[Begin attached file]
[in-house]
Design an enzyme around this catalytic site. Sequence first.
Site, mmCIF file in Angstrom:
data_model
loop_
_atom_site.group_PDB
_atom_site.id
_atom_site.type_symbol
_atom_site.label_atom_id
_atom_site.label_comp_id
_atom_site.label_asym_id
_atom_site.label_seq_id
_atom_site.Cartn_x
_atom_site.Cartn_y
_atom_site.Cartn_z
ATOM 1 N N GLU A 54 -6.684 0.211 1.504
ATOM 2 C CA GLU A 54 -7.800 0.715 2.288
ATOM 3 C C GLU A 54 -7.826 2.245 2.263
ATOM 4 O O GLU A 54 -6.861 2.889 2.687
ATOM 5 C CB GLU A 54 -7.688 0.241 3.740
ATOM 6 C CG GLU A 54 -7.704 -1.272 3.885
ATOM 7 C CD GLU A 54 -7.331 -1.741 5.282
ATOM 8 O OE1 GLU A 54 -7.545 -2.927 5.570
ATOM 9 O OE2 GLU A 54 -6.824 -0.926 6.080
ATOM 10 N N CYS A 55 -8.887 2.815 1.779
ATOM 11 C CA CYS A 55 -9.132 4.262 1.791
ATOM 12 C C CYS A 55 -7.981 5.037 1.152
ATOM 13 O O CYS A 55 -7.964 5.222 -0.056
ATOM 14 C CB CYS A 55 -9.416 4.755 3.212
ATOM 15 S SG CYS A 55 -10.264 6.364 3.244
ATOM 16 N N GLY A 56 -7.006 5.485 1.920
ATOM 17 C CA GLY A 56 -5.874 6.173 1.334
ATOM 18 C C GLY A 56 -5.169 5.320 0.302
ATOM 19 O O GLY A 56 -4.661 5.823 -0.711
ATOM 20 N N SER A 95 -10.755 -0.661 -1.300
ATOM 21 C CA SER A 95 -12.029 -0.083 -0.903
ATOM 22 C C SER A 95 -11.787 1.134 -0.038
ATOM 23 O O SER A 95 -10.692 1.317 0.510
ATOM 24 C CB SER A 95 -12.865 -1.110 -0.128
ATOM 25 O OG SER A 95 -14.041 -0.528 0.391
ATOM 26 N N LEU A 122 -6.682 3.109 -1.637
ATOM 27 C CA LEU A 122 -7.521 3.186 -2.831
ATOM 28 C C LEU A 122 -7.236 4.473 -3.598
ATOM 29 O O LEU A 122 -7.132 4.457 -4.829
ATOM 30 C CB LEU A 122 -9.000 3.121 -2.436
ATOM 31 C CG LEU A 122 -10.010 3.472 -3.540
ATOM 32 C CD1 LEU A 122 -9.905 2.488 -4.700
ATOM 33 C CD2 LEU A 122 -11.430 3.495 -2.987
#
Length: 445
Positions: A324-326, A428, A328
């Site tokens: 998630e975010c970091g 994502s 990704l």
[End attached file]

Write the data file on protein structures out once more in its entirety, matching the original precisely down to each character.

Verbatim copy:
[in-house]
Design an enzyme around this catalytic site. Sequence first.
Site, mmCIF file in Angstrom:
data_model
loop_
_atom_site.group_PDB
_atom_site.id
_atom_site.type_symbol
_atom_site.label_atom_id
_atom_site.label_comp_id
_atom_site.label_asym_id
_atom_site.label_seq_id
_atom_site.Cartn_x
_atom_site.Cartn_y
_atom_site.Cartn_z
ATOM 1 N N GLU A 54 -6.684 0.211 1.504
ATOM 2 C CA GLU A 54 -7.800 0.715 2.288
ATOM 3 C C GLU A 54 -7.826 2.245 2.263
ATOM 4 O O GLU A 54 -6.861 2.889 2.687
ATOM 5 C CB GLU A 54 -7.688 0.241 3.740
ATOM 6 C CG GLU A 54 -7.704 -1.272 3.885
ATOM 7 C CD GLU A 54 -7.331 -1.741 5.282
ATOM 8 O OE1 GLU A 54 -7.545 -2.927 5.570
ATOM 9 O OE2 GLU A 54 -6.824 -0.926 6.080
ATOM 10 N N CYS A 55 -8.887 2.815 1.779
ATOM 11 C CA CYS A 55 -9.132 4.262 1.791
ATOM 12 C C CYS A 55 -7.981 5.037 1.152
ATOM 13 O O CYS A 55 -7.964 5.222 -0.056
ATOM 14 C CB CYS A 55 -9.416 4.755 3.212
ATOM 15 S SG CYS A 55 -10.264 6.364 3.244
ATOM 16 N N GLY A 56 -7.006 5.485 1.920
ATOM 17 C CA GLY A 56 -5.874 6.173 1.334
ATOM 18 C C GLY A 56 -5.169 5.320 0.302
ATOM 19 O O GLY A 56 -4.661 5.823 -0.711
ATOM 20 N N SER A 95 -10.755 -0.661 -1.300
ATOM 21 C CA SER A 95 -12.029 -0.083 -0.903
ATOM 22 C C SER A 95 -11.787 1.134 -0.038
ATOM 23 O O SER A 95 -10.692 1.317 0.510
ATOM 24 C CB SER A 95 -12.865 -1.110 -0.128
ATOM 25 O OG SER A 95 -14.041 -0.528 0.391
ATOM 26 N N LEU A 122 -6.682 3.109 -1.637
ATOM 27 C CA LEU A 122 -7.521 3.186 -2.831
ATOM 28 C C LEU A 122 -7.236 4.473 -3.598
ATOM 29 O O LEU A 122 -7.132 4.457 -4.829
ATOM 30 C CB LEU A 122 -9.000 3.121 -2.436
ATOM 31 C CG LEU A 122 -10.010 3.472 -3.540
ATOM 32 C CD1 LEU A 122 -9.905 2.488 -4.700
ATOM 33 C CD2 LEU A 122 -11.430 3.495 -2.987
#
Length: 445
Positions: A324-326, A428, A328
């Site tokens: 998630e975010c970091g 994502s 990704l």